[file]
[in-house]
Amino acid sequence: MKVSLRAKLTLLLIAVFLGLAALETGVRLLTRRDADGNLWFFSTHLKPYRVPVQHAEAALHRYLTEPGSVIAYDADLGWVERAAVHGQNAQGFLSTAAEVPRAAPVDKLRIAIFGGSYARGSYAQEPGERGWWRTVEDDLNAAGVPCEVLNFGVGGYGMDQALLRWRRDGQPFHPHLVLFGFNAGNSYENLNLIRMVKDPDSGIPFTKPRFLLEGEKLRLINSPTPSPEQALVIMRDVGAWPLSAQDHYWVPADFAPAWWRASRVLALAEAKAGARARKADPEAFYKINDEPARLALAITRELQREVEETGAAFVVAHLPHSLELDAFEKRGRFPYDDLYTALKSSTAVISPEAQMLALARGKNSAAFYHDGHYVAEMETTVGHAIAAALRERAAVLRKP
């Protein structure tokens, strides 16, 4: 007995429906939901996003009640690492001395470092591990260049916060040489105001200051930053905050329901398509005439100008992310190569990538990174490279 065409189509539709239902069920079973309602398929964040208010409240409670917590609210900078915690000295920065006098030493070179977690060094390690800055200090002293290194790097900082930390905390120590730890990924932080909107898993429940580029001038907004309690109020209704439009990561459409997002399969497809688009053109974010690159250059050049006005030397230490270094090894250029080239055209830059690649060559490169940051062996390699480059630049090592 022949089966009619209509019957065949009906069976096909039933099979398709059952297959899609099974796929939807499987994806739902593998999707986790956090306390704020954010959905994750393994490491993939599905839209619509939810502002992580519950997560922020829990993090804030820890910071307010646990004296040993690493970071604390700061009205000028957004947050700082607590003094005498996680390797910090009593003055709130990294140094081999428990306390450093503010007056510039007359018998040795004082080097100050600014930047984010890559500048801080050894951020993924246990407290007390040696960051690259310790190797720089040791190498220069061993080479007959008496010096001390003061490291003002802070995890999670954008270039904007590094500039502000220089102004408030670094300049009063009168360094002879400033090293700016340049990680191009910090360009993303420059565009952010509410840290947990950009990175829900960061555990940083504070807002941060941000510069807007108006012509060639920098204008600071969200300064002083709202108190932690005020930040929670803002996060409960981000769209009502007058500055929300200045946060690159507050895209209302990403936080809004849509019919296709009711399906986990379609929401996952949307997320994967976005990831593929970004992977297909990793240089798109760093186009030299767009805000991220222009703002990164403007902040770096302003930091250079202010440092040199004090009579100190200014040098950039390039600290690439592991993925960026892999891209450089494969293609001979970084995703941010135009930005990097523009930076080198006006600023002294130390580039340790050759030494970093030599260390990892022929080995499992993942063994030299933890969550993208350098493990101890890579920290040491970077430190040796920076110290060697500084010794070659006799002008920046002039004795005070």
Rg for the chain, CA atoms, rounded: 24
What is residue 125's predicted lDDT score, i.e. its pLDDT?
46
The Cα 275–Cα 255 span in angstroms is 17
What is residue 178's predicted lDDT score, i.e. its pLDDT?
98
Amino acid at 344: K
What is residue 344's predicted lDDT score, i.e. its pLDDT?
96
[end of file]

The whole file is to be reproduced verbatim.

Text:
[in-house]
Amino acid sequence: MKVSLRAKLTLLLIAVFLGLAALETGVRLLTRRDADGNLWFFSTHLKPYRVPVQHAEAALHRYLTEPGSVIAYDADLGWVERAAVHGQNAQGFLSTAAEVPRAAPVDKLRIAIFGGSYARGSYAQEPGERGWWRTVEDDLNAAGVPCEVLNFGVGGYGMDQALLRWRRDGQPFHPHLVLFGFNAGNSYENLNLIRMVKDPDSGIPFTKPRFLLEGEKLRLINSPTPSPEQALVIMRDVGAWPLSAQDHYWVPADFAPAWWRASRVLALAEAKAGARARKADPEAFYKINDEPARLALAITRELQREVEETGAAFVVAHLPHSLELDAFEKRGRFPYDDLYTALKSSTAVISPEAQMLALARGKNSAAFYHDGHYVAEMETTVGHAIAAALRERAAVLRKP
């Protein structure tokens, strides 16, 4: 007995429906939901996003009640690492001395470092591990260049916060040489105001200051930053905050329901398509005439100008992310190569990538990174490279 065409189509539709239902069920079973309602398929964040208010409240409670917590609210900078915690000295920065006098030493070179977690060094390690800055200090002293290194790097900082930390905390120590730890990924932080909107898993429940580029001038907004309690109020209704439009990561459409997002399969497809688009053109974010690159250059050049006005030397230490270094090894250029080239055209830059690649060559490169940051062996390699480059630049090592 022949089966009619209509019957065949009906069976096909039933099979398709059952297959899609099974796929939807499987994806739902593998999707986790956090306390704020954010959905994750393994490491993939599905839209619509939810502002992580519950997560922020829990993090804030820890910071307010646990004296040993690493970071604390700061009205000028957004947050700082607590003094005498996680390797910090009593003055709130990294140094081999428990306390450093503010007056510039007359018998040795004082080097100050600014930047984010890559500048801080050894951020993924246990407290007390040696960051690259310790190797720089040791190498220069061993080479007959008496010096001390003061490291003002802070995890999670954008270039904007590094500039502000220089102004408030670094300049009063009168360094002879400033090293700016340049990680191009910090360009993303420059565009952010509410840290947990950009990175829900960061555990940083504070807002941060941000510069807007108006012509060639920098204008600071969200300064002083709202108190932690005020930040929670803002996060409960981000769209009502007058500055929300200045946060690159507050895209209302990403936080809004849509019919296709009711399906986990379609929401996952949307997320994967976005990831593929970004992977297909990793240089798109760093186009030299767009805000991220222009703002990164403007902040770096302003930091250079202010440092040199004090009579100190200014040098950039390039600290690439592991993925960026892999891209450089494969293609001979970084995703941010135009930005990097523009930076080198006006600023002294130390580039340790050759030494970093030599260390990892022929080995499992993942063994030299933890969550993208350098493990101890890579920290040491970077430190040796920076110290060697500084010794070659006799002008920046002039004795005070």
Rg for the chain, CA atoms, rounded: 24
What is residue 125's predicted lDDT score, i.e. its pLDDT?
46
The Cα 275–Cα 255 span in angstroms is 17
What is residue 178's predicted lDDT score, i.e. its pLDDT?
98
Amino acid at 344: K
What is residue 344's predicted lDDT score, i.e. its pLDDT?
96